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Madison Avenue Jewelers Play Hopscotch

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So we understand that the UES is pretty empty during these hotter, muggy days of summer, but is that really an excuse for the diamond dealers of Madison Avenue to play real estate roulette? Taking a walk down Madison Avenue from East 65th Street to East 61st Street, an area already known for a concentration of diamonds and couture, we were struck by all of the "we're relocating" signs on most of the famous names.

Since these are small blocks with large reputations, most boutiques have only confusingly decided to relocate across the street, making for quite a lot of inbreeding among jewelry stores. Guidebooks around the world may need to be reprinted, but of course we've already laid it all out nicely for you.

Relocations
· Graff: Entering this French diamond dealer's current space at 721 Madison gives you the feeling of being a 1920s New Yorker cartoon of an unrepentant big spender. This is probably why they are ditching the Greek edifice for a more open, corner spot at 710 Madison and East 63rd, which just happens to be the old Givenchy HQ. Graff's new digs are supposedly to open later this summer, but the site is just as quiet as it was last year.

· Di Modolo: In case you are shopping a bit further south, perhaps at the insitutions of Tiffany & Co and Harry Winston over on Fifth Avenue, then it might be worth it to stop into Di Modolo's current spot at 635 Madison and East 59th Street for their relocating sale of 30-40% off. Get their serious-chic pieces before they move up north with the others, to 703 Madison between Chopard and Hermès.

· David Yurman: This jeweler, relatively new to the scene as the business only began in 1979, is famous for his silver cable rope pieces and for generally not shoving an illustrious history in your face while you try to buy a freaking ring. Currently on the corner of Madison and East 64th Street, David will be relocating to the old 7,000-square foot Lalique space across the street at 712 Madison, squeezing in between the new Graff and Mauboussin shops in October.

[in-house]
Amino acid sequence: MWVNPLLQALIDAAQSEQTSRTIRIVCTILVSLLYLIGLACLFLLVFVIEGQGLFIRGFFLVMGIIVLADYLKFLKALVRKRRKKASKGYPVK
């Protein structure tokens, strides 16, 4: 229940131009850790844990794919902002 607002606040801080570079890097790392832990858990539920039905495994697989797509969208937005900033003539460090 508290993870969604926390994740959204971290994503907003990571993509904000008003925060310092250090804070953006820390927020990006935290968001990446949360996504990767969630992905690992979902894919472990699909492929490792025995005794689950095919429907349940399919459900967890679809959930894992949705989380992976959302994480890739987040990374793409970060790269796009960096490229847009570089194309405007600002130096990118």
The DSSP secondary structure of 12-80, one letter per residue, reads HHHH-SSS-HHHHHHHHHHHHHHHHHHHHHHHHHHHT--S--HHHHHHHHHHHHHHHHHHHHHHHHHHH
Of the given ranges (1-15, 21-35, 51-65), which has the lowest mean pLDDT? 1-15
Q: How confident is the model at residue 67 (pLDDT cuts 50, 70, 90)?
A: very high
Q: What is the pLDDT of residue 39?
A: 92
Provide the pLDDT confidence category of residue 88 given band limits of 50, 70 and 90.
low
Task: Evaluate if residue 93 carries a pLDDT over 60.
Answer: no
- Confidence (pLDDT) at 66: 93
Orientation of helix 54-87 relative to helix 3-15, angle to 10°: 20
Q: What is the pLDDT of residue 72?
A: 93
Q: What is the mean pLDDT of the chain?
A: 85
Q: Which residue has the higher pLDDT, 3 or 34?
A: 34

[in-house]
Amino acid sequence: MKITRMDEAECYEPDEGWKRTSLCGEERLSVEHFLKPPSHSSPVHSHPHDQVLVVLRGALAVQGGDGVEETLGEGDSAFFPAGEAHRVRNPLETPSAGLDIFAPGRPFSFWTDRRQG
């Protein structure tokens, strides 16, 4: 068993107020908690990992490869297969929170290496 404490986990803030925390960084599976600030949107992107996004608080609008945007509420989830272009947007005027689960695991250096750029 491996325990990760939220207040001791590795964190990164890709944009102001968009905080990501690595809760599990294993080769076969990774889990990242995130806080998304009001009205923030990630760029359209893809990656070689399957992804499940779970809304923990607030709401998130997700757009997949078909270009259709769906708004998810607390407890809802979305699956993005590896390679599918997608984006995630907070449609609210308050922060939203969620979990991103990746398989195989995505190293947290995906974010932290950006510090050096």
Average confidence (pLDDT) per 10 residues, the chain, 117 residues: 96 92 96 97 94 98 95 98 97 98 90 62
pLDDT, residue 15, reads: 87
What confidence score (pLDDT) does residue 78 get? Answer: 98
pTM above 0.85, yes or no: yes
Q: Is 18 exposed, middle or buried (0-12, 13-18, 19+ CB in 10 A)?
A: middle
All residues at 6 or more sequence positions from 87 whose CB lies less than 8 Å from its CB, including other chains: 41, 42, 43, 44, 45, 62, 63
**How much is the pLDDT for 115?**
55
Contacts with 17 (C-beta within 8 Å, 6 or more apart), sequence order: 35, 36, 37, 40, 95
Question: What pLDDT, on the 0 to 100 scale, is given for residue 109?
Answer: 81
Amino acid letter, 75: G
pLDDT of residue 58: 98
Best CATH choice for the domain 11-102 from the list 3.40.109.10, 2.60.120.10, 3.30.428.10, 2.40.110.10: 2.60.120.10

New to the Game
· Kwiat: Compared to the first three mentioned, this jeweler's name may be a bit unfamiliar, but they had their claim on New York first. Back in 1907, Kwiat operated their first store for diamond wholesale down on Canal Street before dismissing storefronts in general. Well they'll be returning later this summer, with a single store opening in the former Chopard space at 725 Madison

· Mauboussin: The grand opening due in September for this 180-year-olf French jeweler may be the most interesting of them all; their 7,000-square foot space at 714 Madison in the old Shanghai Tang boutique boasts a chocolate "bar" and a VIP loft apartment. Yes, fill up the women with chocolate and they're feeling more relaxed about dropping a couple thousand.

· Carat: The jeweler with a name that sounds the most genuine is actually the opposite. As we reported yesterday, Carat sells (expensive) costume jewelry and will be doing so closer to the tourists as 509 Madison and East 53rd Street.

Other Players
· Chopard: They shouldn't be going anywhere for a while seeing as how they only nudged in at 709 Madison last fall, next to Hermès and what will be the new Di Modolo.

· Di Grisogono: Oh man, these poor Swiss guys are way out of the loop up at 824 Madison. That's like, so far for people to walk to browse expensive things! It seems to be working for them though, as they've been at it in this location since 2004.

· Ivanka Trump Collection: As her first store thus far, Trump's daughter's collection of diamond jewelry sits near the new Anne Fontaine boutique at 683 Madison. It opened last September in partnership with the Dynamic Diamond Corporation, showing off items like $650 enamel rings up to $68,500 earrings. If she can put a price on something that is almost $70K, then we don't dare ask for the cost of a "price upon request" item.

· Leviev: A jewelry house designed for the hedge fund manager who just got his bonus, Leviev opened just before last Christmas at 700 Madison. Leviev happens to be the world's largest cutter and polisher of diamonds in competition with De Beers, so we're betting they have a pretty good selection.

· Pomellato: This little trinket house opened in 2006 at 741 Madison, bringing a slightly lower pricetag as well as more colorful offerings to the area. Pomellato is less about the formality of diamond jewelry and more focused on its sensuality, as is only proper for an Italian.